Tight Monetary Policy - Definition
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Tight Monetary Policy Definition
Tight monetary policy, also known as contractionary policy, refers to a policy that a countrys central bank like the Federal Reserve regulates for controlling the excessive economic growth. These policies focus on decreasing the spending capacity, or controlling inflation that is accelerating at an abnormal rate. The central bank follows the money tightening approach by increasing short-term rates of interest to the discounted rates, which is also called the federal funds rate. When interest rates are increased, people tend to borrow less. Besides increasing interest rates, the central bank can also engage in open market operations, and sell assets in the market. Tight monetary policy and a tight fiscal policy, in spite of being different from one another, can be brought in sync by government authorities. This involves increasing tax rates or reducing government expenditure.
A Little More on What is Tight Monetary Policy
Central banks throughout the world use monetary policy for regulating and managing various variables functioning within the economy. These banks consider using the federal funds rate in order to adjust market factors. When central banks increase the federal funds rate, it results in tightening of the monetary policy. In case, the federal funds rates are reduced, it will result in loosening of the policy. International economies use the federal funds rate as premises for the monetary policy. The rate at which federal banks can offer loans to each other is referred to as the federal funds rate. It is also called the discount rate. When federal rates are increased, it results in increasing the interest rates of borrowing too. Ultimately, the higher interest payments reduce the borrowing capacity of people. Besides personal loans, other types of borrowings such as interest rates on credit cards, mortgages, etc. also become expensive. Also, when rates of borrowing are hiked during the tight monetary policy, people tend to save more with rising interest rates on savings. When the focus is on tightening the monetary policy, it calls for selling assets in the open market for having some additional amount of capital. This leads to extracting capital from the open markets as the Fed uses the funds derived from sale with a promise of reimbursing the principal amount as well as the interest thereon. Also, a decrease in the supply of money can also control inflation. The Fed uses the tight monetary policy approach when the economy is growing at a rapid pace. In contrast to tight monetary policy, easing monetary policy takes place when the central bank reduces interest rates for infusing more growth in the economy. With the reduction in interest rates, consumers tend to take more loans, which ultimately increases the money supply in the economy. There are several countries that have reduced their federal funds rates to nil. Also, there are some that have these rates in negatives. These zero and negative numbers help the economy in securing easy borrowings. When the rates are extremely negative, borrowers also get interest rates which can lead to the creation of more credit demand in the economy.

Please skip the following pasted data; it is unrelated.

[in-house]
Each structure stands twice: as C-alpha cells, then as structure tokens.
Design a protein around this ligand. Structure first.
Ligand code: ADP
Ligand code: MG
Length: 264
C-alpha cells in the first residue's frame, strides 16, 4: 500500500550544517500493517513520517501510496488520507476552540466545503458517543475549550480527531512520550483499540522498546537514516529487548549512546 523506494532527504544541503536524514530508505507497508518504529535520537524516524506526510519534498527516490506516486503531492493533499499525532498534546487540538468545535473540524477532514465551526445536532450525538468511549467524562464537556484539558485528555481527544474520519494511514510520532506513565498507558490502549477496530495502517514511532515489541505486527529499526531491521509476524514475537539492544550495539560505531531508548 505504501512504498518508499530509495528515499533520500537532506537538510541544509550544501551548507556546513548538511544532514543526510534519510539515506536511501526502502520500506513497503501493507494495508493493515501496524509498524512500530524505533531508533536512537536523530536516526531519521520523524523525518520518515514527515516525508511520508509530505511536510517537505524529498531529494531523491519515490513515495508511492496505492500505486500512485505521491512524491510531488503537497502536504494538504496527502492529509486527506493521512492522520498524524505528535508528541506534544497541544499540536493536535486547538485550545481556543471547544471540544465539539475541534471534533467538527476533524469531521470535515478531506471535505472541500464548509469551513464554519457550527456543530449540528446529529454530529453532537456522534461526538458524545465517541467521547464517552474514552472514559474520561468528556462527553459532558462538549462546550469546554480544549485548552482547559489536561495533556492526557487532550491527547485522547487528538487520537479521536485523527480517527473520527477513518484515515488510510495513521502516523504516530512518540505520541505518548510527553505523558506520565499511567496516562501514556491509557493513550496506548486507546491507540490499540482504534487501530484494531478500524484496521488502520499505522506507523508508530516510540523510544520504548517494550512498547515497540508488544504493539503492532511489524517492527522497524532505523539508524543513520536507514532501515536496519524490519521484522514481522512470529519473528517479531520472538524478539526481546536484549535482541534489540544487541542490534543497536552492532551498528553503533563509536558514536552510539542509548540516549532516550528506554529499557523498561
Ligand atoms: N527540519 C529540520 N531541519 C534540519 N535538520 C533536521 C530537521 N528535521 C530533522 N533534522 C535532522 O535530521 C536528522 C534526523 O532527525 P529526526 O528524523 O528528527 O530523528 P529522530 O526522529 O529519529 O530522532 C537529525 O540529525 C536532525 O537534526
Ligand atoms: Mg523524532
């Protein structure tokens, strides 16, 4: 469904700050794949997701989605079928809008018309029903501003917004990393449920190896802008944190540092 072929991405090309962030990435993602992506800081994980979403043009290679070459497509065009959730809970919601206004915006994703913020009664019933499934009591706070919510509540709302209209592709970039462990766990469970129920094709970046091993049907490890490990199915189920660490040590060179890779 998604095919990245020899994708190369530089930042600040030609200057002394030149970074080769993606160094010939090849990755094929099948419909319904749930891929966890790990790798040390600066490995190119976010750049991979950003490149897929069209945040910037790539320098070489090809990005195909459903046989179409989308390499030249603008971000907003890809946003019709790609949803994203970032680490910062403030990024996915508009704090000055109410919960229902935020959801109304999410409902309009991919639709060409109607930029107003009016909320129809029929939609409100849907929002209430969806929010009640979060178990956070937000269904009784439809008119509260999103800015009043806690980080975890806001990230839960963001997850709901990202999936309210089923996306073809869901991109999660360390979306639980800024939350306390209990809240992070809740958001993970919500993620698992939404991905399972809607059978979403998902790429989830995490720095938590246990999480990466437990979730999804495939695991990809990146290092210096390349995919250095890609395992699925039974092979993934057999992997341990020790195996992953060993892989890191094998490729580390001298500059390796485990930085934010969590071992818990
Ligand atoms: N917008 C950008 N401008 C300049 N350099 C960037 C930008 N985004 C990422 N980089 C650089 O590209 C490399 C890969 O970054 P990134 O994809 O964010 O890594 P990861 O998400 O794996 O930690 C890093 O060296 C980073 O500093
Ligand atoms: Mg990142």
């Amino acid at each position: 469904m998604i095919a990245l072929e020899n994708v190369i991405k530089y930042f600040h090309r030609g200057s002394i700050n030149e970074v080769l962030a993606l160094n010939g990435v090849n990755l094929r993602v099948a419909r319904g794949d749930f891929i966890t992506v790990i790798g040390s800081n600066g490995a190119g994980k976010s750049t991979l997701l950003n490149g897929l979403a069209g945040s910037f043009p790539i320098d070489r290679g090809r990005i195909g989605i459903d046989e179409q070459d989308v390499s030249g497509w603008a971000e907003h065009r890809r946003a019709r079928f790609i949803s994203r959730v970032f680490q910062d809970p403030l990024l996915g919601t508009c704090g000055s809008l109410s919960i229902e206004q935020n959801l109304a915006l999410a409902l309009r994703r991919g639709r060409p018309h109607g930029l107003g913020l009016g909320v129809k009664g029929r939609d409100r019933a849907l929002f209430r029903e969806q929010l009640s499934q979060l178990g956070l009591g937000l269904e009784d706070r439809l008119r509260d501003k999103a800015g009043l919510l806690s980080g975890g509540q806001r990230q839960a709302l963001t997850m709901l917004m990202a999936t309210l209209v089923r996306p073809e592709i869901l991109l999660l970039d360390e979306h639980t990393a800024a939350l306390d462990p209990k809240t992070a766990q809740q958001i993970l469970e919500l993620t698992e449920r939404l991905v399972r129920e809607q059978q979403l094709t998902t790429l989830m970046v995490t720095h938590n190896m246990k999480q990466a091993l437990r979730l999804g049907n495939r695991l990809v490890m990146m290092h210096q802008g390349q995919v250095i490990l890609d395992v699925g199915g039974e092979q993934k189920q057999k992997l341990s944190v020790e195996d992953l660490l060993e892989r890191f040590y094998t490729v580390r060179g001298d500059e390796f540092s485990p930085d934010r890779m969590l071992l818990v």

References for Tight Monetary Policy
https://www.investopedia.com/terms/t/tightmonetarypolicy.asphttps://www.economicshelp.org Economics help blog Glossary Termshttps://smallbusiness.chron.com Finances & Taxes Monetary Policywww.businessdictionary.com/definition/tight-monetary-policy.htmlhttps://www.dictionary.com/browse/tight-money-policy